"We're satirizing Schmidt in the most highly trafficked public square in the nation to make the public aware of how out of touch Schmidt and Google are when it comes to our privacy rights," said Jamie Court, president of Consumer Watchdog, and author of The Progressive's Guide To Raising Hell (Chelsea Green, September 2010).

"America needs a 'Do Not Track Me' list and Google is Exhibit A in the case for it." Titled "Don't Be Evil?" the avatar-style animation features Schmidt driving an ice cream truck and secretly spying on children. The animated short was produced by the nonprofit consumer group to shine a spotlight on the need for Congress to enact a national "Do Not Track Me" list.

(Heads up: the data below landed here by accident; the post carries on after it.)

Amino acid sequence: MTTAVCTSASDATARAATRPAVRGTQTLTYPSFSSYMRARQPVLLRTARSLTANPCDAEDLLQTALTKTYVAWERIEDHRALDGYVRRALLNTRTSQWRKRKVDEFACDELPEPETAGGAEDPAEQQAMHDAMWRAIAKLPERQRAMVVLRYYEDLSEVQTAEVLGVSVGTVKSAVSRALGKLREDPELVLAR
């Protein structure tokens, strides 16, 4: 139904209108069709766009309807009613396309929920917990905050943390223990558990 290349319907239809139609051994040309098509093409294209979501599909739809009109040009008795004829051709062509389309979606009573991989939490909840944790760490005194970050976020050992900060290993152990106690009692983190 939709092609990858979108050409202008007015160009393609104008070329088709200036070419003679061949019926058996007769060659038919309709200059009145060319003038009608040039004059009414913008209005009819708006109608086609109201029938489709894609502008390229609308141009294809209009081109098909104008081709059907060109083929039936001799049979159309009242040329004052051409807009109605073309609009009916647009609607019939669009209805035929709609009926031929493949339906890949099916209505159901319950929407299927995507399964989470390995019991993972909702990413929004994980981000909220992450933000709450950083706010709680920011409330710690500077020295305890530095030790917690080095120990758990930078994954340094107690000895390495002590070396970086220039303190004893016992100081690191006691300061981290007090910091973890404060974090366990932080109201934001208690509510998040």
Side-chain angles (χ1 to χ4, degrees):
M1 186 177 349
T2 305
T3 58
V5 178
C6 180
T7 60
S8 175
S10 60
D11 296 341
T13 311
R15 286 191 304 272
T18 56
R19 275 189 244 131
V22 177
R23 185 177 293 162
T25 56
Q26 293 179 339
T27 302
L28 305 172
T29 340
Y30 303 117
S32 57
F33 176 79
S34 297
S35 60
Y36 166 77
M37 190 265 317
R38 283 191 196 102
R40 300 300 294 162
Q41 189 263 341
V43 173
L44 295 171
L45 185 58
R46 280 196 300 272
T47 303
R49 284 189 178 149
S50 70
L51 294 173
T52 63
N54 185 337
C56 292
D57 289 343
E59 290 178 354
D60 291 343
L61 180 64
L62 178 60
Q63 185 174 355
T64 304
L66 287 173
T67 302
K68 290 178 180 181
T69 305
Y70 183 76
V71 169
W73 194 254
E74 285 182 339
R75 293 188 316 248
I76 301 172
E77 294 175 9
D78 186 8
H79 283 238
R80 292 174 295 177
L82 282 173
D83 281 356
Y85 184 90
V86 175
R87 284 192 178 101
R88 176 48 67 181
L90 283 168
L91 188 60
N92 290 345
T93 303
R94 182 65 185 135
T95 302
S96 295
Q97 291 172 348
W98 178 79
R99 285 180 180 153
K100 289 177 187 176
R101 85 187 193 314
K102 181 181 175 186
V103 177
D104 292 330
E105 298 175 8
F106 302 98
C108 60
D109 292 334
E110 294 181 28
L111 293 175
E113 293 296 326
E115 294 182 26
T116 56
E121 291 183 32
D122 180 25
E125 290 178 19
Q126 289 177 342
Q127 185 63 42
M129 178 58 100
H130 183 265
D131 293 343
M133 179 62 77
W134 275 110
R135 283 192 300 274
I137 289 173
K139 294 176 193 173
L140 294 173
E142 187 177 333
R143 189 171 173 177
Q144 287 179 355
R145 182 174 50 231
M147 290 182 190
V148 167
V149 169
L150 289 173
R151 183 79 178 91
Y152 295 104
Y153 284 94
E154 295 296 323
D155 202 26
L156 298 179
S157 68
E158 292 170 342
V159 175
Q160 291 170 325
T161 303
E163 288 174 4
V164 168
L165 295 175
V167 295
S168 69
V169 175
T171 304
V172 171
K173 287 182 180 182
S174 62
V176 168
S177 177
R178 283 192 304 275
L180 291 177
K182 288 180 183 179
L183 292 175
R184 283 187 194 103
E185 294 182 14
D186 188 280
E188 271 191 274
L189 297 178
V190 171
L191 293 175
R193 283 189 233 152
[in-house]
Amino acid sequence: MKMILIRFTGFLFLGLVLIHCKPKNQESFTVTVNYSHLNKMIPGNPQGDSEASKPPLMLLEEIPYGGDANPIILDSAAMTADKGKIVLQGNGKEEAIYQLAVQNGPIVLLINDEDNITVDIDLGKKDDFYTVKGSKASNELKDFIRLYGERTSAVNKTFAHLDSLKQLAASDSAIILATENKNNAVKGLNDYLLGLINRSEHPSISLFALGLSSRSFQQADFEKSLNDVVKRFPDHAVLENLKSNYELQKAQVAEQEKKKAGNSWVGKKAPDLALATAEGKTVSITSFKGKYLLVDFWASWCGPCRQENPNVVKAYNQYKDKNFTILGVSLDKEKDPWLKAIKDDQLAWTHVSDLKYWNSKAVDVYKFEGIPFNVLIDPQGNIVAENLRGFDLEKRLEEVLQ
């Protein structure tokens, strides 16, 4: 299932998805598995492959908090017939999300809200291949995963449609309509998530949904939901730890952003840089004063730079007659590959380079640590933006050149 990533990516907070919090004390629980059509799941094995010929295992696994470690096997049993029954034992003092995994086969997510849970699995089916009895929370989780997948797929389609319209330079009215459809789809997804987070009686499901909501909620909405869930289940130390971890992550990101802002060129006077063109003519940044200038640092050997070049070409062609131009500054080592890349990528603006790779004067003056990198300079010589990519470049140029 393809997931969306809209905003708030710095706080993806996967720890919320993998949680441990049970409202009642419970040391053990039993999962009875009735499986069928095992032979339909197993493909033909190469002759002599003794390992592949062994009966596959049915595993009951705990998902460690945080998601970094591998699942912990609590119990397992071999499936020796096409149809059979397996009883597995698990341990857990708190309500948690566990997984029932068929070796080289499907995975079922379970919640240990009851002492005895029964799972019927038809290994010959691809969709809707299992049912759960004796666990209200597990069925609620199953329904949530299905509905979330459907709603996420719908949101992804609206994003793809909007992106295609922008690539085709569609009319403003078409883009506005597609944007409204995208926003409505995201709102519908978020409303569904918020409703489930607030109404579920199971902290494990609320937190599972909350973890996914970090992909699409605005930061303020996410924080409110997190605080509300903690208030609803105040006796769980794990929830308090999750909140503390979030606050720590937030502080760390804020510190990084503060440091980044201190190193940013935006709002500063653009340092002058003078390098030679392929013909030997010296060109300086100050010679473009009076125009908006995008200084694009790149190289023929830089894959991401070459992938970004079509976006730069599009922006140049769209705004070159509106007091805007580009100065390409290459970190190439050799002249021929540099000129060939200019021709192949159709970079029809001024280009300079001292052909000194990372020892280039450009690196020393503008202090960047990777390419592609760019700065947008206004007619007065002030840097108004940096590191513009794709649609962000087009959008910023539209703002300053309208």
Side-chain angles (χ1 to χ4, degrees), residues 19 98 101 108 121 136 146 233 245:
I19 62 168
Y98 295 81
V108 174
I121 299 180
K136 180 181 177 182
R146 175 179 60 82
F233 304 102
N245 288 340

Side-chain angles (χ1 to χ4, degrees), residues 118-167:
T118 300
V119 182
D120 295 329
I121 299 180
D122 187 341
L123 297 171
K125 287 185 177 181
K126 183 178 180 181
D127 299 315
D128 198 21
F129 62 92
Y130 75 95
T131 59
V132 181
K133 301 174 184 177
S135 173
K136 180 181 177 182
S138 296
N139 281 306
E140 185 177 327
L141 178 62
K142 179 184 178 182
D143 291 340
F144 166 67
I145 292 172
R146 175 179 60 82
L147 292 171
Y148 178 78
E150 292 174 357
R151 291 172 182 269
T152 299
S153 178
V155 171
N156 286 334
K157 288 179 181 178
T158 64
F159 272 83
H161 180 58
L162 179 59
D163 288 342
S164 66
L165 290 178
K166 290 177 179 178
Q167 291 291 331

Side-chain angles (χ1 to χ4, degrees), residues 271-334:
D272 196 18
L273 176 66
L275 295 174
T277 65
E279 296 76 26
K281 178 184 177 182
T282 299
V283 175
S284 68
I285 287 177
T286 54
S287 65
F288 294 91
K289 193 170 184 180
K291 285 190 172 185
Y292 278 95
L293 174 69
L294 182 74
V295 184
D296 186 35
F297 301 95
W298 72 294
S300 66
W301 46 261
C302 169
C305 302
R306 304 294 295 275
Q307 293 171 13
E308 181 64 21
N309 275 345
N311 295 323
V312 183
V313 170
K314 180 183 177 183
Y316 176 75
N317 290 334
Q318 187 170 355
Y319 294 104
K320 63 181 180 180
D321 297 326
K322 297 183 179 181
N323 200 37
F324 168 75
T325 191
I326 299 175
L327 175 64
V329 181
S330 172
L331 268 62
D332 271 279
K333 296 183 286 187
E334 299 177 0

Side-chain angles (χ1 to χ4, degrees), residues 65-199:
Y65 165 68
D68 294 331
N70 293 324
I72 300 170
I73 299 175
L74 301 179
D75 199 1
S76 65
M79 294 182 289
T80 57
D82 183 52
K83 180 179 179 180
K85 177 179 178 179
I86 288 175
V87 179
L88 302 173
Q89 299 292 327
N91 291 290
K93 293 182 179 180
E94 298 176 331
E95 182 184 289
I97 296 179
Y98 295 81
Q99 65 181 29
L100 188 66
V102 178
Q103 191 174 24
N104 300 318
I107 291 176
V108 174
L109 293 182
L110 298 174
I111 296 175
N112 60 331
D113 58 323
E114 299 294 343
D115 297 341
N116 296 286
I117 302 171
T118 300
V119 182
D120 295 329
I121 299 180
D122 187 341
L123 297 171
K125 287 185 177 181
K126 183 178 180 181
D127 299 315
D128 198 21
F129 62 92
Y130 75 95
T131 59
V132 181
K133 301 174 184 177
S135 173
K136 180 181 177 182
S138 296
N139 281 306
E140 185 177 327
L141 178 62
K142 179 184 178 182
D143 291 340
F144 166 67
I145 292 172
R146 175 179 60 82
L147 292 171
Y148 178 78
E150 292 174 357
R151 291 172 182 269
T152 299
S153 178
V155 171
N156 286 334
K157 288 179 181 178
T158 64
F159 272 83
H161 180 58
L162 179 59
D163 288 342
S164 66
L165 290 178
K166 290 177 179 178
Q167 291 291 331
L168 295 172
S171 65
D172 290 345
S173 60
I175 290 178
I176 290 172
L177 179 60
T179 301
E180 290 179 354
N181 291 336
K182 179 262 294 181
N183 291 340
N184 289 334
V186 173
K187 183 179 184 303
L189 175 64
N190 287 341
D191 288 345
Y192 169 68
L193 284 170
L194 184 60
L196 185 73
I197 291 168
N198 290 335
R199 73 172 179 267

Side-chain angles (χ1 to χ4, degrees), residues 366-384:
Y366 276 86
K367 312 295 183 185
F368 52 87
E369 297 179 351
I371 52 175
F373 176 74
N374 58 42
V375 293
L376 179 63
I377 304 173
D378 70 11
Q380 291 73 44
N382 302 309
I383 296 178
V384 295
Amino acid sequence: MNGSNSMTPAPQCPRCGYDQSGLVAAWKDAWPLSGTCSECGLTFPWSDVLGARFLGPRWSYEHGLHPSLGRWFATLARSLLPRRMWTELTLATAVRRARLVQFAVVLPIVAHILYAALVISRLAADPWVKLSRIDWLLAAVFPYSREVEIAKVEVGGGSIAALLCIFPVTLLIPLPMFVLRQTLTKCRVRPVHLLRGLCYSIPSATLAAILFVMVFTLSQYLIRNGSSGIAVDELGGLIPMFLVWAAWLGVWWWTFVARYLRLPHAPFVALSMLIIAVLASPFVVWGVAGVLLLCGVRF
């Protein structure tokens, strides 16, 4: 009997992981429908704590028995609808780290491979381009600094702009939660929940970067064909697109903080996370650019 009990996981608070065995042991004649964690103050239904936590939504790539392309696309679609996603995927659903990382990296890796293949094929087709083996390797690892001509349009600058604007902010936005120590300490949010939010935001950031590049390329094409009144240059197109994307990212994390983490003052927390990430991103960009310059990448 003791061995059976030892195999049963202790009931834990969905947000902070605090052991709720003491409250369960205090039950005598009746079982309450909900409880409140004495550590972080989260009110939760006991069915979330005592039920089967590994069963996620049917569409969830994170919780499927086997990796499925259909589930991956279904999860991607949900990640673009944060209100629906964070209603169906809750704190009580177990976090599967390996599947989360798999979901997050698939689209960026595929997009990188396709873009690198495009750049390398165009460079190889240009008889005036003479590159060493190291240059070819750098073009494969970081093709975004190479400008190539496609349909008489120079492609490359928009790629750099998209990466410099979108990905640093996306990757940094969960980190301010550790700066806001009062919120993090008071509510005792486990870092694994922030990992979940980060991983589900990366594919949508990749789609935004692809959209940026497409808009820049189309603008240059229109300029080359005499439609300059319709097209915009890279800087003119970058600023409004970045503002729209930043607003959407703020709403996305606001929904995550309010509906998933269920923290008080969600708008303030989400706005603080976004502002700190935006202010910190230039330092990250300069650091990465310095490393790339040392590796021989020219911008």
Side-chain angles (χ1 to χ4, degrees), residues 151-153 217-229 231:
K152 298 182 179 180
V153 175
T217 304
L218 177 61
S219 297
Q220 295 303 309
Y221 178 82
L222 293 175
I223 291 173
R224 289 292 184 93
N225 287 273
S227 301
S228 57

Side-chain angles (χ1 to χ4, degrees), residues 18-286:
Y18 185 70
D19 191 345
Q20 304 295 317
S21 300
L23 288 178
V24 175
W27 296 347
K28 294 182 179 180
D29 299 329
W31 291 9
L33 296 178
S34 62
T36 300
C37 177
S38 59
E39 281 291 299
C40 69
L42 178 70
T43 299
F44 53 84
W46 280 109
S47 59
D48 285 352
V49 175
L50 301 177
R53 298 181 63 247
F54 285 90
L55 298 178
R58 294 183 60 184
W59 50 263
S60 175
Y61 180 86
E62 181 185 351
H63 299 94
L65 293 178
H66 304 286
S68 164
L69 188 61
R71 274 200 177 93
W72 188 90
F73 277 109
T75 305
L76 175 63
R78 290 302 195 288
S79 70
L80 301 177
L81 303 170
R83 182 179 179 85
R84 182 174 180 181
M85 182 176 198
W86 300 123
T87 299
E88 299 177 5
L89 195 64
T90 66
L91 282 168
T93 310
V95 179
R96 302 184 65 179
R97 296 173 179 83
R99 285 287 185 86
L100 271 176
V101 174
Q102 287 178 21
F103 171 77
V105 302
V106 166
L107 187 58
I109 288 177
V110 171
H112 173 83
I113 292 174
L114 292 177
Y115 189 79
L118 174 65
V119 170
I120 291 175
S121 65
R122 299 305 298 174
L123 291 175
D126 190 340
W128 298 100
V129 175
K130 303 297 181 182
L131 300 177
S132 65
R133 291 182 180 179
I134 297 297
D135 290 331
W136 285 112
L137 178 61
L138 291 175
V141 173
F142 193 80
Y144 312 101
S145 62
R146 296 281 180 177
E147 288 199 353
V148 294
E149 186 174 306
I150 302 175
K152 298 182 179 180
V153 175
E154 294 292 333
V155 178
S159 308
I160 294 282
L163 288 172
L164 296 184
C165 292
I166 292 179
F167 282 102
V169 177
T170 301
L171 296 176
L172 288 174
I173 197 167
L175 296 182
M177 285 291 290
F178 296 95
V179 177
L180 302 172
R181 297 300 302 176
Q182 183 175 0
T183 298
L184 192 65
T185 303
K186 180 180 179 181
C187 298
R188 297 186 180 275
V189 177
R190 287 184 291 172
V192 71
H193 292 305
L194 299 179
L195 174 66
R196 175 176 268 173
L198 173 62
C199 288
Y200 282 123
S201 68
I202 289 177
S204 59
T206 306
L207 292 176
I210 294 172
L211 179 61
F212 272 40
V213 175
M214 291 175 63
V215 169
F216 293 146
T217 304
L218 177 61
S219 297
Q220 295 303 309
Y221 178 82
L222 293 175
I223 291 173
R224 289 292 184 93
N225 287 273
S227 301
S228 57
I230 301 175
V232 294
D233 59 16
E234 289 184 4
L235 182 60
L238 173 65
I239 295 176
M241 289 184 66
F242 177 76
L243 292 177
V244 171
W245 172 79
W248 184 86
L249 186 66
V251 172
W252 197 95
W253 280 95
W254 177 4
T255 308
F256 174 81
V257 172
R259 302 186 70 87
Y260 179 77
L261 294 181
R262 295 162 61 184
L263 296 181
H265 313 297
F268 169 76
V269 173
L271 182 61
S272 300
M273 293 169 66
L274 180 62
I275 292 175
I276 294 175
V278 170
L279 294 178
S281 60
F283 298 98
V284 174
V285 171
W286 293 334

View the animated short here:

View the 15 sec. digital Jumbotron ad here:

Tuesday, August 17, 2010

Google aims for the next platform

Imagine the inhabitants of Earth in 100 years. They have spoiled the planet beyond use. They need to move, all 20 billion of them.

The effort to jump the ship of mother Earth involves finding a new planet, building a ship and making the trip, and then settling in.

Anticipating the end of the PC revolution, Google has begun the first phase of the move. Mobile is the new planet, and Android is the spaceship.